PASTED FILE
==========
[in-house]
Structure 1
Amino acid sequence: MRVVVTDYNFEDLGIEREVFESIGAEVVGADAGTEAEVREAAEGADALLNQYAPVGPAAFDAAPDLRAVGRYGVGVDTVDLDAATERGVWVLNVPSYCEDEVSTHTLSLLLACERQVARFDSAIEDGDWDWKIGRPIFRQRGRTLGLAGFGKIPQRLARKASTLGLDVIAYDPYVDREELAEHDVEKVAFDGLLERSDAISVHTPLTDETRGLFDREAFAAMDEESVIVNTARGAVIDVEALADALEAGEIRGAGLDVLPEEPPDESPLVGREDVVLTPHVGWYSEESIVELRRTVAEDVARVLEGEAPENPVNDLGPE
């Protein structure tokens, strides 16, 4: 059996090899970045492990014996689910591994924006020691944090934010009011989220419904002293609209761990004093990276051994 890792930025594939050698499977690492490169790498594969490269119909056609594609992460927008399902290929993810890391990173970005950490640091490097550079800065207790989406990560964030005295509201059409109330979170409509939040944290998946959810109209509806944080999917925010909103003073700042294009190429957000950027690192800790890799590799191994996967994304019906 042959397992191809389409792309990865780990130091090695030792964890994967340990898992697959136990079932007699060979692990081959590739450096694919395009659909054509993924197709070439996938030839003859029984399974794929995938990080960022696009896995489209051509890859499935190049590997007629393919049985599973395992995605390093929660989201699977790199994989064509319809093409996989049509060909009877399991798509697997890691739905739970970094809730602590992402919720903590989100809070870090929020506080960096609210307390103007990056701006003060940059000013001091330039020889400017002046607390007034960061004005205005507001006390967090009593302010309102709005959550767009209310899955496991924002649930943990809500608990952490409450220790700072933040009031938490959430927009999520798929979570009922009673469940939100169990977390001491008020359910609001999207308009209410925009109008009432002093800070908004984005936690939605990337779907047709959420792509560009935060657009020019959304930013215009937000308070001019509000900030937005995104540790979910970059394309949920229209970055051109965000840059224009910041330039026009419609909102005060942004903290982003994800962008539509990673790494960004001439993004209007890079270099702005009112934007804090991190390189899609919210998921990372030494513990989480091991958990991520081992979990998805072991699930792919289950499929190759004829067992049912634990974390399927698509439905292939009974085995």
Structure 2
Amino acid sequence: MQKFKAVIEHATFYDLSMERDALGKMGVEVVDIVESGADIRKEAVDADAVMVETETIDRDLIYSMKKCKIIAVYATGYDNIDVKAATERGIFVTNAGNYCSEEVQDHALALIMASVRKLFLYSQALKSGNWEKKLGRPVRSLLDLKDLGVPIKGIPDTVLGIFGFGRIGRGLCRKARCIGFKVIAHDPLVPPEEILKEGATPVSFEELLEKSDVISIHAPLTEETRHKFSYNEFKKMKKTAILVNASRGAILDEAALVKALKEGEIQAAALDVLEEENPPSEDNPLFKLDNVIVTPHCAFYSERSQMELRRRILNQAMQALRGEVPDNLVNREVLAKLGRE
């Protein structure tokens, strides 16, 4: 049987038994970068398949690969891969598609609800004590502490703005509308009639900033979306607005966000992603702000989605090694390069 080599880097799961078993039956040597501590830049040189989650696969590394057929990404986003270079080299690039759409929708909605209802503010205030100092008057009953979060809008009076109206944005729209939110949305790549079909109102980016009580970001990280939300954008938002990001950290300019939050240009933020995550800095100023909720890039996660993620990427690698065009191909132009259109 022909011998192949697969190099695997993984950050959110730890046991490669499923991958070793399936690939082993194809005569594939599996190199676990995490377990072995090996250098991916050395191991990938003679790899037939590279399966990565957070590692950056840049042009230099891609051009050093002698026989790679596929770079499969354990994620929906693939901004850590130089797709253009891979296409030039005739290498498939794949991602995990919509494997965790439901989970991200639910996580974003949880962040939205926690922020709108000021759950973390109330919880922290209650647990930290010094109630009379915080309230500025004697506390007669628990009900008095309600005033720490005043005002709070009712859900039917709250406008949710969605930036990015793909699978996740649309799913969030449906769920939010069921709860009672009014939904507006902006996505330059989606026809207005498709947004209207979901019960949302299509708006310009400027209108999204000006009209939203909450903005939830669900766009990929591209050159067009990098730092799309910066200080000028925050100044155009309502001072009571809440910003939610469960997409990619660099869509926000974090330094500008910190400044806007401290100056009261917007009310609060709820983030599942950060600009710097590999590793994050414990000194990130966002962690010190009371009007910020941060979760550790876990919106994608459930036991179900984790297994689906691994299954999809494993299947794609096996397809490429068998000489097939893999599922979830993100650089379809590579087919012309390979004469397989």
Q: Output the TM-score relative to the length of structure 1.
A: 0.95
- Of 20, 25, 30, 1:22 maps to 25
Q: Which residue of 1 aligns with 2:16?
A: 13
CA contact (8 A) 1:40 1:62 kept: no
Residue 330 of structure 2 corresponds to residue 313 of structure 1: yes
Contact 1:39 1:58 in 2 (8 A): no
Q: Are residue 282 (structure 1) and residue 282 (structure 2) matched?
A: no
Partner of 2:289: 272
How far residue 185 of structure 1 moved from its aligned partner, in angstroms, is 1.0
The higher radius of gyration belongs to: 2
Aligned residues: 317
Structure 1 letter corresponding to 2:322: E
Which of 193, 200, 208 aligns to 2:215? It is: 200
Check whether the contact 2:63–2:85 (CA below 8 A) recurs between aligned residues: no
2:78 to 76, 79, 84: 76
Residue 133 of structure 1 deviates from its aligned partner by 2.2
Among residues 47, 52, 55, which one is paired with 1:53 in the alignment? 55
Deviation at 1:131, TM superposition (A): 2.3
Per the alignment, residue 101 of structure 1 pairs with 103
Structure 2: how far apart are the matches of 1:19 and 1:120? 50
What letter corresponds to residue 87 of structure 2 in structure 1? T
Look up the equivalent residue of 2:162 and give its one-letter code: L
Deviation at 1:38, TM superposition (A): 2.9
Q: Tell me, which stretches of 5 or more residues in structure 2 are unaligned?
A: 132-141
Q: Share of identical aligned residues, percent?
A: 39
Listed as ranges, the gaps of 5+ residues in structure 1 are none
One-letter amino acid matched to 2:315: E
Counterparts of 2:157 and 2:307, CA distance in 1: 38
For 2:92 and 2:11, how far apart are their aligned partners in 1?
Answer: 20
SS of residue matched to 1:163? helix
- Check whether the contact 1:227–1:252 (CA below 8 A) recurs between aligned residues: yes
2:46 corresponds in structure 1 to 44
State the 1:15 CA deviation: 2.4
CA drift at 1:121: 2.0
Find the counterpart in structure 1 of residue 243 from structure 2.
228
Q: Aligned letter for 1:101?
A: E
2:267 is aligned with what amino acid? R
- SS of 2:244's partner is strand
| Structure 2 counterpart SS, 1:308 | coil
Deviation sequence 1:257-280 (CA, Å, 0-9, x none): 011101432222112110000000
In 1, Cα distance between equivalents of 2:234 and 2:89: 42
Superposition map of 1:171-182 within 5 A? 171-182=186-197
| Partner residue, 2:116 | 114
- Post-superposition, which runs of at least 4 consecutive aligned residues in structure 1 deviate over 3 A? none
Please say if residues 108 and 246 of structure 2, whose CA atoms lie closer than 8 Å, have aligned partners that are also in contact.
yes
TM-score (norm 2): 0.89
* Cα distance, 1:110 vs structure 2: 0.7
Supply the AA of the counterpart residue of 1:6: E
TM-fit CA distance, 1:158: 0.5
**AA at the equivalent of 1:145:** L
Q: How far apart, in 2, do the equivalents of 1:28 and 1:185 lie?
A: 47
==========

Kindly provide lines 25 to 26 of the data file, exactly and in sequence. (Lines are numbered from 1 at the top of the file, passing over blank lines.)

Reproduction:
2:78 to 76, 79, 84: 76
Residue 133 of structure 1 deviates from its aligned partner by 2.2